4. In cases in which the relief is sought on the ground of fraud, misconduct, mistake, etc., it would appear that limitation is made to commence from the time when the fraud, misconduct, or mistake becomes known to the plaintiff (vide Articles 90, 91, 92, 95, 96 and 114). Under Articles 91 and 114 limitation would begin to run from the time when the facts entitling the plaintiff to the relief asked for become known to him. Article 120, being an omnibus one, the general expression employed in the 3rd column is necessitated by a variety of suits (not specifically provided for) coming within its purview, in some of which there would be fraud, misconduct, or mistake as part of the cause of action, but in the rest that element would be absent. It would thus be in consonance with the scheme of the Act as indicated by such specific articles referred to above, dealing with suits based on a cause of action consisting of fraud, misconduct, etc., if the right to sue should be deemed to accrue under Article 120 from the time of the plaintiff's knowledge of the same even in respect of suits based on similar grounds coming under that Article. This is the view expressed by Phillips, J., in Venkateswara Aiyar v. Somasundaram Chettiar (1917) 7 L.W. 280 . The decisions of this High Court in Mammali v. Kunhipakki Haji : (1912)23MLJ607 and Peruri Viswanadham v. Pendela Narayana Doss' (1928) 28 L.W. 221 seem to be in favour of the plaintiff's contention. In the former case the declaration sought for was in respect of a sale for the purpose of enforcing the plaintiff's right of preemption. It was held that the starting point of limitation under Article 120 was not the date of the sale, but the time when the plaintiff became aware of the terms of the sale which would enable him to exercise his right. In the latter case also the date of the alienation by a trustee was not taken as the starting point, but the time when the plaintiff came to know of the fraud, which was the ground on which the alienation was attacked. A different view was taken in the case reported in Ottappurakkal Thazhate Soopi v. Cherichil Pallikkal Uppathumma I.L.R.(1909) M. 31 where the plaintiff sued for a declaration that the alienation by a karnavan was not binding on the tarwad. The learned Judges in that case held that the right to sue accrued on the date of sale-deed itself and not when plaintiff obtained knowledge of the sale. But there seems to have been no element of fraud urged in that case as part of the cause of action. If the sale was attacked as having been brought about by fraud, which would constitute at least a part of the cause of action, the right to sue would accrue, when the fraud became known to the plaintiff. The case in Ottappurukkal Thazhate Soopi v. Cherichil Pallikkal Uppathummd I.L.R.(1909) M. 31 has been distinguished in this way in the decision in Peruri Viswanadham v. Pendela Narayana Doss (1928) 28 L.W. 221. The decision in Venkatachella Reddiar v. The Collector of Trichinopoly I.L.R.(1914) M. 1064 is distinguishable for the aforesaid reason.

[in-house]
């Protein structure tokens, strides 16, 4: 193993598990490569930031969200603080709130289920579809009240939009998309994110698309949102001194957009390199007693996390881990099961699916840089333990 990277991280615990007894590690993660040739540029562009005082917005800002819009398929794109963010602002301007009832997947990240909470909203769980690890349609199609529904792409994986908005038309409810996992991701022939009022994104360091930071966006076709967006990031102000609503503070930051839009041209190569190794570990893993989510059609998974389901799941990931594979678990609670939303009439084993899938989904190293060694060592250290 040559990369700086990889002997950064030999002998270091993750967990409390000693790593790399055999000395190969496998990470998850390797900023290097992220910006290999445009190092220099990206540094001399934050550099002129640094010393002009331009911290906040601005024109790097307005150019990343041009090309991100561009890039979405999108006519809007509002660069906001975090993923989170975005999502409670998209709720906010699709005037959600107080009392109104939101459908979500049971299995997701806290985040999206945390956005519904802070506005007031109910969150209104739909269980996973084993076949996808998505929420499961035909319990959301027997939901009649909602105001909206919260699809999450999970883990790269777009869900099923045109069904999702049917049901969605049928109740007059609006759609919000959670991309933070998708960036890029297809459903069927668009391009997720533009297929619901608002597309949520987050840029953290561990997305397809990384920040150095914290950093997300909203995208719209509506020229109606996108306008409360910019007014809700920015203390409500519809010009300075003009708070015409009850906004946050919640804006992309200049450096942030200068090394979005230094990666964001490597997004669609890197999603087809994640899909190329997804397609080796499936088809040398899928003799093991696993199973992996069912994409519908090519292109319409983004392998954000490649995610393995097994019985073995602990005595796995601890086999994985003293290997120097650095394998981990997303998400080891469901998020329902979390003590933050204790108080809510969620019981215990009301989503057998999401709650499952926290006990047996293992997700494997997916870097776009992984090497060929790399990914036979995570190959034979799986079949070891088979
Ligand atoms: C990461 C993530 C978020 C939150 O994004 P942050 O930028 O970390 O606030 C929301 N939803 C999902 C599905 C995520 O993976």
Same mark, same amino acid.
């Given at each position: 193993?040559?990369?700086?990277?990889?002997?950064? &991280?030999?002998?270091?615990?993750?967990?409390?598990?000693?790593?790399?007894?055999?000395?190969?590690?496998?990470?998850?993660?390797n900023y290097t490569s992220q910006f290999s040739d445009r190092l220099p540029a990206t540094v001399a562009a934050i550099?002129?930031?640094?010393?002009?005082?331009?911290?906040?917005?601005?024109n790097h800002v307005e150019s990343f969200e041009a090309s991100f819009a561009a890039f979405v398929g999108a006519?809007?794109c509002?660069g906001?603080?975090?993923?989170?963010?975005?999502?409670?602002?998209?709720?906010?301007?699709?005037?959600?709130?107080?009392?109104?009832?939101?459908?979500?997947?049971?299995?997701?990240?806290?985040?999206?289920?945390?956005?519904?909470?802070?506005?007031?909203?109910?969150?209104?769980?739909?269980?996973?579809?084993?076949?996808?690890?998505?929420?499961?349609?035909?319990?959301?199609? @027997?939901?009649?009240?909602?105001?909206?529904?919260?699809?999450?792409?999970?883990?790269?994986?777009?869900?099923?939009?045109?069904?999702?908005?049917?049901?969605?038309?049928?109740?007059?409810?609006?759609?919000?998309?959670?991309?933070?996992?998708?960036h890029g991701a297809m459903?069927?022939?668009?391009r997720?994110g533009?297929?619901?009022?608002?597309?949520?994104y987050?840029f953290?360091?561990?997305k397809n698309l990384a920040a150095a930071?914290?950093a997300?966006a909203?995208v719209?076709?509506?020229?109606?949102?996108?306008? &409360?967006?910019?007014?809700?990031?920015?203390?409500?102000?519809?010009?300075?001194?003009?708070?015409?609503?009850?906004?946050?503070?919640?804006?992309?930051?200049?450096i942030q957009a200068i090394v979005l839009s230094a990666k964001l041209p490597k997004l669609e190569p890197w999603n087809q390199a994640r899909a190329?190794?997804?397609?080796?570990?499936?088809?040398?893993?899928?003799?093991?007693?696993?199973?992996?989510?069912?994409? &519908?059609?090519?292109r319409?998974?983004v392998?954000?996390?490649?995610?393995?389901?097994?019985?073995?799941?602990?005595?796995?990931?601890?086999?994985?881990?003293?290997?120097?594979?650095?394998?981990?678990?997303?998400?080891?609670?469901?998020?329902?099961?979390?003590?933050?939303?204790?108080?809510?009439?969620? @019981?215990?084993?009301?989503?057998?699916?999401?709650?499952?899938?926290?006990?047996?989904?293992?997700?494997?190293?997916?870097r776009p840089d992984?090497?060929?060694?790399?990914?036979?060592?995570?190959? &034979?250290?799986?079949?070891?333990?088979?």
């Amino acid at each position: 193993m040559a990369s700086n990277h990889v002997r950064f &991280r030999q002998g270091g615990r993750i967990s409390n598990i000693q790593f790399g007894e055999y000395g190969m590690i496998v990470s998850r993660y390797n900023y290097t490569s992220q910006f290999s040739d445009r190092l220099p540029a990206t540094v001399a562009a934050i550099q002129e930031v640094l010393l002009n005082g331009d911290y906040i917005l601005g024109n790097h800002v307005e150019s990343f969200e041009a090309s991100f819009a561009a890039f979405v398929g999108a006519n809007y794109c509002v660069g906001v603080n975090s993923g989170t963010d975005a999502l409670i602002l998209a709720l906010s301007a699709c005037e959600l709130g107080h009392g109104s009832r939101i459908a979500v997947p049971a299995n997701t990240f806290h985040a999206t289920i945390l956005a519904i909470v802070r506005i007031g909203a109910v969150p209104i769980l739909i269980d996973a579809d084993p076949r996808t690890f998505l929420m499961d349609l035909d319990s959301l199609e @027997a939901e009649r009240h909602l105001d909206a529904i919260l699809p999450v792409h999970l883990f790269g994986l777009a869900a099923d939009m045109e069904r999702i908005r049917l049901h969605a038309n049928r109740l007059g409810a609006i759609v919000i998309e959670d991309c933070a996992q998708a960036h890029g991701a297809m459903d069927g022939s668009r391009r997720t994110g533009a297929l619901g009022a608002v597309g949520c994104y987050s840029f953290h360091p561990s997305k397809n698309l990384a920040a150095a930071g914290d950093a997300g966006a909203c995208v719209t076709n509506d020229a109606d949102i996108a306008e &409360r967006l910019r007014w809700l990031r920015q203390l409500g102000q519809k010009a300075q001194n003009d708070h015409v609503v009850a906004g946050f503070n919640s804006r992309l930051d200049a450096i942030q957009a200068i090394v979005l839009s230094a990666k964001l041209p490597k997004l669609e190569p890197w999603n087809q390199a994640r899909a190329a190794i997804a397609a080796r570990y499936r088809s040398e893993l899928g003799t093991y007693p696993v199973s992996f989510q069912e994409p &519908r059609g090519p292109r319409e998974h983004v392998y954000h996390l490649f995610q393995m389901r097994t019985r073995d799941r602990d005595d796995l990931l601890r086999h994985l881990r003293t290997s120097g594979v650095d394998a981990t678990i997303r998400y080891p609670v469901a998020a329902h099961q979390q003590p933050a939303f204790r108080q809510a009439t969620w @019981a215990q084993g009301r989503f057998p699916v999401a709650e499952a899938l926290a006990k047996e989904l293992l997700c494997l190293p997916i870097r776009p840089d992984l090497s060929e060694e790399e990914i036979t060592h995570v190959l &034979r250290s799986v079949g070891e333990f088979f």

5. Where in a suit falling under Article 120 the cause of action as in the present case is not merely the passing of an adverse decree against the plaintiff but in addition to it, the fact that such a decree was passed by reason of the misconduct or gross negligence of his guardian ad litem it stands to reason that limitation should not begin to run, the moment the decree was passed, but only when the gross negligence of the guardian which alone would entitle the plaintiff to have the decree set aside became known to him. In this view, the plaintiff's suit should be held to be not barred under Article 120. In the result this Second Appeal fails and is dismissed with costs.